1. Where a good sustainability report sets itself apart from the rest is in transparency. That means two things: proof, and honesty. Acknowledge bad results and explain how improvements will be made. No organisation is going to be perfect from the get-go, but with a sustainability strategy in place, measurement procedures, and regular reporting on the results, the journey to a more sustainable future will be faster and smoother.
  2. Proof of impact should be non-negotiable for all sustainability reports. Policies and strategies show good intention, but good intention is not enough. Any policy implemented should have clear metrics against it and be measured regularly (quarterly or monthly) to understand progress. Measuring should not be just for the sake of reporting; it will also allow a company to identify where a policy is or isn’t working and address it quickly. Some areas of reporting might require more qualitative evidence of impact. Case studies are the most frequently used tool to qualitatively show impact and tell the story behind the numbers. Opening and closing notes, often penned by the CEO or the Chief Sustainability Officer, should also be used as an opportunity for storytelling.
  3. Don’t forget ‘social’: While much of the current regulation discussed in this article looks at climate and environmental reporting, this is only one part of the story. Social impact is frequently overlooked and underreported, with many organisations only including the bare minimum – diversity and workforce data – and most struggling to do even that. Social viewed through the lens of workforce issues is only half the picture. Reporting on impact on the local and wider community, or in your entire value chain, will give a far fuller view of your social impact.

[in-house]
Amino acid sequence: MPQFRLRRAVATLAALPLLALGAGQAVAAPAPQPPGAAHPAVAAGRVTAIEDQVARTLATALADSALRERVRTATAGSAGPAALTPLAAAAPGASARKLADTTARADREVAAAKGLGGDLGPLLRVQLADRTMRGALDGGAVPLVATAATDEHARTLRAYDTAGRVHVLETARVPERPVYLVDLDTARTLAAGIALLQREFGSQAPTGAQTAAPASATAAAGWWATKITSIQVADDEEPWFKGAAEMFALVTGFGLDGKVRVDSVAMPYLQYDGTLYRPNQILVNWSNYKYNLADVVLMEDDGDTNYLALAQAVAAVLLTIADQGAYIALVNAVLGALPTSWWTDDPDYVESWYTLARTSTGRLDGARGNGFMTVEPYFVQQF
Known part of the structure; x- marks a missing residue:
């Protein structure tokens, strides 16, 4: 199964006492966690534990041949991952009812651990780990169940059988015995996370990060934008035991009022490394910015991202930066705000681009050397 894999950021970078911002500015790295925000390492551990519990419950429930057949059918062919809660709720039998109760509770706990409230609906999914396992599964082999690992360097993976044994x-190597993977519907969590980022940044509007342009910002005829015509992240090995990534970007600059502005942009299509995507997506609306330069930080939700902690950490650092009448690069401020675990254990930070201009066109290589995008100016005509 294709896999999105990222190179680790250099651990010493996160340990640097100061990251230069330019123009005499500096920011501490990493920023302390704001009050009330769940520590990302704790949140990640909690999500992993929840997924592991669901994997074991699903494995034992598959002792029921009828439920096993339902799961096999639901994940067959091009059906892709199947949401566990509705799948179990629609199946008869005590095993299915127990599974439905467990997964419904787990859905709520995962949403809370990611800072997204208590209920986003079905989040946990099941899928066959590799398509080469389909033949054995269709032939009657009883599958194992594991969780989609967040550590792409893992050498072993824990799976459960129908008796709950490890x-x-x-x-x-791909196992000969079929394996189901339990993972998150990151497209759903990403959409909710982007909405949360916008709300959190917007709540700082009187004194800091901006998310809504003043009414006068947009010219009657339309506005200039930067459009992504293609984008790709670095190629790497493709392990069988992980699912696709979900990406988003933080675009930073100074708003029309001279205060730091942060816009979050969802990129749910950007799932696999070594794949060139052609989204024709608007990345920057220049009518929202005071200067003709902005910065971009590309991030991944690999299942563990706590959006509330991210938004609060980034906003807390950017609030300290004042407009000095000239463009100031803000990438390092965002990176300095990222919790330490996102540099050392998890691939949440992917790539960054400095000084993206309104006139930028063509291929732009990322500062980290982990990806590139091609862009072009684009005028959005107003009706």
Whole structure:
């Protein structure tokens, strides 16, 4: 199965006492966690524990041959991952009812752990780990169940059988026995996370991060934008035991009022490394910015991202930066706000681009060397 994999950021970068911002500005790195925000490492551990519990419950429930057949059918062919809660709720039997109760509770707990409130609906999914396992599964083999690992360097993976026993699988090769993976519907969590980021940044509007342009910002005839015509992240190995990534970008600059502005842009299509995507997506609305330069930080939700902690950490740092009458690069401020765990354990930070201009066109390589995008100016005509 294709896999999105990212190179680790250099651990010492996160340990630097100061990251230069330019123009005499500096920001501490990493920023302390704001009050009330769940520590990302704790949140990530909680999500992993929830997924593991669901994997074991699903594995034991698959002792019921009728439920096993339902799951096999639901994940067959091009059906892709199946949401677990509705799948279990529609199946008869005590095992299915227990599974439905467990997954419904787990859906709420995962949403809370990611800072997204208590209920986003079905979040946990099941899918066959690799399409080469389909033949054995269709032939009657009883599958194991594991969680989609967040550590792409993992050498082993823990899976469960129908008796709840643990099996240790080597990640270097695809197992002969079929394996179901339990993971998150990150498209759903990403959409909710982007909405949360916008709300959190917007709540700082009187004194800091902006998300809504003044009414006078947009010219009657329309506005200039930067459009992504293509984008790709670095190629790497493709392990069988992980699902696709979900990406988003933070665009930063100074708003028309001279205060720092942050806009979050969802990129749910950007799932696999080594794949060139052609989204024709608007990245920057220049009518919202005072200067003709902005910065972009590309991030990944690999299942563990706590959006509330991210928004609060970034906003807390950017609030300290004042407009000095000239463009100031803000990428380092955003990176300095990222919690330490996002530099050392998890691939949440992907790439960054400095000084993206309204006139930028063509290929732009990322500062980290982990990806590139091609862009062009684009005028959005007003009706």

4. Clarity around Governance, ie how the organisation is managed, and how the board and management attend to the interests of employees, supplies, stakeholders, and customers, is also a key essential component to sustainability reporting.
  5. Underpinning a good sustainability report is the financial component. How has your sustainability strategy impacted the bottom line? And can you quantify your economic and environmental impact in monetary terms?
  6. Most sustainability reports are published in the spring and cover the work done over the previous year. It is not so much the date of publication which matters, but more that reports are brought out in a consistent fashion so that year-on-year comparisons of data and progress can be easily made.
  7. There is no set length for a sustainability report, but it is recommended that 30-40 pages is sufficient to cover the critical components in the right level of detail. Depending on your sector and business requirements, this might need to be longer.



While most companies now publish sustainability reports, they are rarely independently verified by a third party. This is beginning to change as new laws, such as reporting aligned to TCFD, come into force. Standardised rules and regulations, similar to those which apply to financial reporting, will give sustainability reporting the transparency and credibility it needs.